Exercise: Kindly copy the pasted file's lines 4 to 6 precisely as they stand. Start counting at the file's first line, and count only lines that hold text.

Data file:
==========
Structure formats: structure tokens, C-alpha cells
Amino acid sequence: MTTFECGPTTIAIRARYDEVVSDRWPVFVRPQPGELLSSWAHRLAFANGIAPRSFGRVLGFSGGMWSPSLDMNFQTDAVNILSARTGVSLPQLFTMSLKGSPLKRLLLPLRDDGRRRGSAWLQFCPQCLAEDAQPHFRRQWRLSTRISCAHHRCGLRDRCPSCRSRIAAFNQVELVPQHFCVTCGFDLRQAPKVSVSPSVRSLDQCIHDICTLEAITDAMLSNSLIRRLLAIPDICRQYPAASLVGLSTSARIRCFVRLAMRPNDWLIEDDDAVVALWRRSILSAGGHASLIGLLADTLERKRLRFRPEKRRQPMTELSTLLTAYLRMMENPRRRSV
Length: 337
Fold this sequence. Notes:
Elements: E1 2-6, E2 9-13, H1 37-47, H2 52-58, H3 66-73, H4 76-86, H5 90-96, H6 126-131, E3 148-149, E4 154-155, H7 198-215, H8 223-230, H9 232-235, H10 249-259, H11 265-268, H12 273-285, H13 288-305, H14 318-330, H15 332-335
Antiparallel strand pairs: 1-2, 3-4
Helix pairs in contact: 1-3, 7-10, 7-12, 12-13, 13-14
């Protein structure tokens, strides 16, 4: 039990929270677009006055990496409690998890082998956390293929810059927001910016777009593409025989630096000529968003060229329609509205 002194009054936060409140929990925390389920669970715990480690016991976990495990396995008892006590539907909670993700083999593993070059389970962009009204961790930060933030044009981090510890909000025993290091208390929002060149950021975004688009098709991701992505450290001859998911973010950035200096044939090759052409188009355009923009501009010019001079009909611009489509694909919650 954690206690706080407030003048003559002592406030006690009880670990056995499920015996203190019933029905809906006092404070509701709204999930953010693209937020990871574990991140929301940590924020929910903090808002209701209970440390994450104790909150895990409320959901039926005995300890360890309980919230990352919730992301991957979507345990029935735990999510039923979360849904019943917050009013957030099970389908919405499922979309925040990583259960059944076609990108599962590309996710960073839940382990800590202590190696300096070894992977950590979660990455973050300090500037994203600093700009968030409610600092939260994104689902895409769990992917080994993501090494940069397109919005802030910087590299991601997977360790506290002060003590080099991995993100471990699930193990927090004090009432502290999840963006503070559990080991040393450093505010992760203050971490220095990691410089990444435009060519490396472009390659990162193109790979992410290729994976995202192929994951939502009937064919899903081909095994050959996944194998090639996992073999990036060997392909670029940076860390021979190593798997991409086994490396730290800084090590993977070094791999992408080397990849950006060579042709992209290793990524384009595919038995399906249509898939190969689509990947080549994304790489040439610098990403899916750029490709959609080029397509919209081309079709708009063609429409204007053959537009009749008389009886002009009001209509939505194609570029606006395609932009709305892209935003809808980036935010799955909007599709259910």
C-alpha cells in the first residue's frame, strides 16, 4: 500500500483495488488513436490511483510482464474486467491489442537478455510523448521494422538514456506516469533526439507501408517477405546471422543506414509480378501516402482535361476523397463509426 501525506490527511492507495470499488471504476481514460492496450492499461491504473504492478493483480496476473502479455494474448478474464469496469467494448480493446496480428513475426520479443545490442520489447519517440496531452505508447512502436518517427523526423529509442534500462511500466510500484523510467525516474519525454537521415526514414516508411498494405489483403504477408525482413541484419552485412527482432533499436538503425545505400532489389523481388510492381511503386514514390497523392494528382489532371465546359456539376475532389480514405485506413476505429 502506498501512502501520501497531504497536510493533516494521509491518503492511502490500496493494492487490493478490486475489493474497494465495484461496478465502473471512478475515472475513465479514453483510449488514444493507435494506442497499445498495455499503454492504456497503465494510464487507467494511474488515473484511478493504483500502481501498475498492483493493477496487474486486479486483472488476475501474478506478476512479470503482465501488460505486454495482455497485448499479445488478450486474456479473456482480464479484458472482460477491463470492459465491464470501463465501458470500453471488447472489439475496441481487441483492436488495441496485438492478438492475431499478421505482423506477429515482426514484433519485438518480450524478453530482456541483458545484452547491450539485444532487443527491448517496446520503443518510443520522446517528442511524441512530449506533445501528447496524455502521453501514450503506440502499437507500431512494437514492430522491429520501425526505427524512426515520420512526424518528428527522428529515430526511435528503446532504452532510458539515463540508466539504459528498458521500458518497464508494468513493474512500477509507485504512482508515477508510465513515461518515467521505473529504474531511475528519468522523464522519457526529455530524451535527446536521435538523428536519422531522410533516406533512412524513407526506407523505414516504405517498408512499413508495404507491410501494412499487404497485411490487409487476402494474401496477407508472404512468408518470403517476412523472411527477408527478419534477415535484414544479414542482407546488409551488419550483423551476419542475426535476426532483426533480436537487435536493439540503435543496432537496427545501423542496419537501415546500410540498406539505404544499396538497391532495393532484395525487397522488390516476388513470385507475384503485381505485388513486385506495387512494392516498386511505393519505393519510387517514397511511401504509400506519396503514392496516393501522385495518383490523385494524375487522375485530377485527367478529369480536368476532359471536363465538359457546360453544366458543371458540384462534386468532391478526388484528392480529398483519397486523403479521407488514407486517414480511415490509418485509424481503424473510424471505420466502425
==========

Fold this sequence. Notes:
Elements: E1 2-6, E2 9-13, H1 37-47, H2 52-58, H3 66-73, H4 76-86, H5 90-96, H6 126-131, E3 148-149, E4 154-155, H7 198-215, H8 223-230, H9 232-235, H10 249-259, H11 265-268, H12 273-285, H13 288-305, H14 318-330, H15 332-335
Antiparallel strand pairs: 1-2, 3-4